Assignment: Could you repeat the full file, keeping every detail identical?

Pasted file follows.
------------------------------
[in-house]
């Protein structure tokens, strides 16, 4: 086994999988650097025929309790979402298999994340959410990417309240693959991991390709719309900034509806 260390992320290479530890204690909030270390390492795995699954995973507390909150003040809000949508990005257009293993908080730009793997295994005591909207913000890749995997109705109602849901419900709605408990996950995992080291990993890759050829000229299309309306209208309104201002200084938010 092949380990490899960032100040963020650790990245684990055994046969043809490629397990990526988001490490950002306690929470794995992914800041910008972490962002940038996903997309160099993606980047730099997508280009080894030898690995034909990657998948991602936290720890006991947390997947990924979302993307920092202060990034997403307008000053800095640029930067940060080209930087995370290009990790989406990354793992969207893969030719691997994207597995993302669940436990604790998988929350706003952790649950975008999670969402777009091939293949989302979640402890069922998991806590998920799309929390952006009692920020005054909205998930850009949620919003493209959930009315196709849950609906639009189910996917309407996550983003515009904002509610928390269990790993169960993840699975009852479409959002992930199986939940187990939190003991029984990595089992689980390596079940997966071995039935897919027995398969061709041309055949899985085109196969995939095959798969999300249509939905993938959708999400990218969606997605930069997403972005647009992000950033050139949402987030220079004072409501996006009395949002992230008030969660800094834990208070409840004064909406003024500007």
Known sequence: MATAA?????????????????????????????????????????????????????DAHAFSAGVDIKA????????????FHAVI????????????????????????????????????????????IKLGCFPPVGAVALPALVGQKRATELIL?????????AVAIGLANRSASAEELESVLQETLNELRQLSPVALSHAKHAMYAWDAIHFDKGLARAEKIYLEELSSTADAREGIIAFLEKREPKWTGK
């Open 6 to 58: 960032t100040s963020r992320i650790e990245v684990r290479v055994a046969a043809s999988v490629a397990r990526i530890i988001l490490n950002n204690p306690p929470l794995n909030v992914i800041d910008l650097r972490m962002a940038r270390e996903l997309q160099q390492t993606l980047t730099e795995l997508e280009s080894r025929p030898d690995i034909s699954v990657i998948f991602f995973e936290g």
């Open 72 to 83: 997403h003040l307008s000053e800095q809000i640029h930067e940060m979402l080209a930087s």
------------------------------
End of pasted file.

[in-house]
């Protein structure tokens, strides 16, 4: 086994999988650097025929309790979402298999994340959410990417309240693959991991390709719309900034509806 260390992320290479530890204690909030270390390492795995699954995973507390909150003040809000949508990005257009293993908080730009793997295994005591909207913000890749995997109705109602849901419900709605408990996950995992080291990993890759050829000229299309309306209208309104201002200084938010 092949380990490899960032100040963020650790990245684990055994046969043809490629397990990526988001490490950002306690929470794995992914800041910008972490962002940038996903997309160099993606980047730099997508280009080894030898690995034909990657998948991602936290720890006991947390997947990924979302993307920092202060990034997403307008000053800095640029930067940060080209930087995370290009990790989406990354793992969207893969030719691997994207597995993302669940436990604790998988929350706003952790649950975008999670969402777009091939293949989302979640402890069922998991806590998920799309929390952006009692920020005054909205998930850009949620919003493209959930009315196709849950609906639009189910996917309407996550983003515009904002509610928390269990790993169960993840699975009852479409959002992930199986939940187990939190003991029984990595089992689980390596079940997966071995039935897919027995398969061709041309055949899985085109196969995939095959798969999300249509939905993938959708999400990218969606997605930069997403972005647009992000950033050139949402987030220079004072409501996006009395949002992230008030969660800094834990208070409840004064909406003024500007």
Known sequence: MATAA?????????????????????????????????????????????????????DAHAFSAGVDIKA????????????FHAVI????????????????????????????????????????????IKLGCFPPVGAVALPALVGQKRATELIL?????????AVAIGLANRSASAEELESVLQETLNELRQLSPVALSHAKHAMYAWDAIHFDKGLARAEKIYLEELSSTADAREGIIAFLEKREPKWTGK
């Open 6 to 58: 960032t100040s963020r992320i650790e990245v684990r290479v055994a046969a043809s999988v490629a397990r990526i530890i988001l490490n950002n204690p306690p929470l794995n909030v992914i800041d910008l650097r972490m962002a940038r270390e996903l997309q160099q390492t993606l980047t730099e795995l997508e280009s080894r025929p030898d690995i034909s699954v990657i998948f991602f995973e936290g």
């Open 72 to 83: 997403h003040l307008s000053e800095q809000i640029h930067e940060m979402l080209a930087s």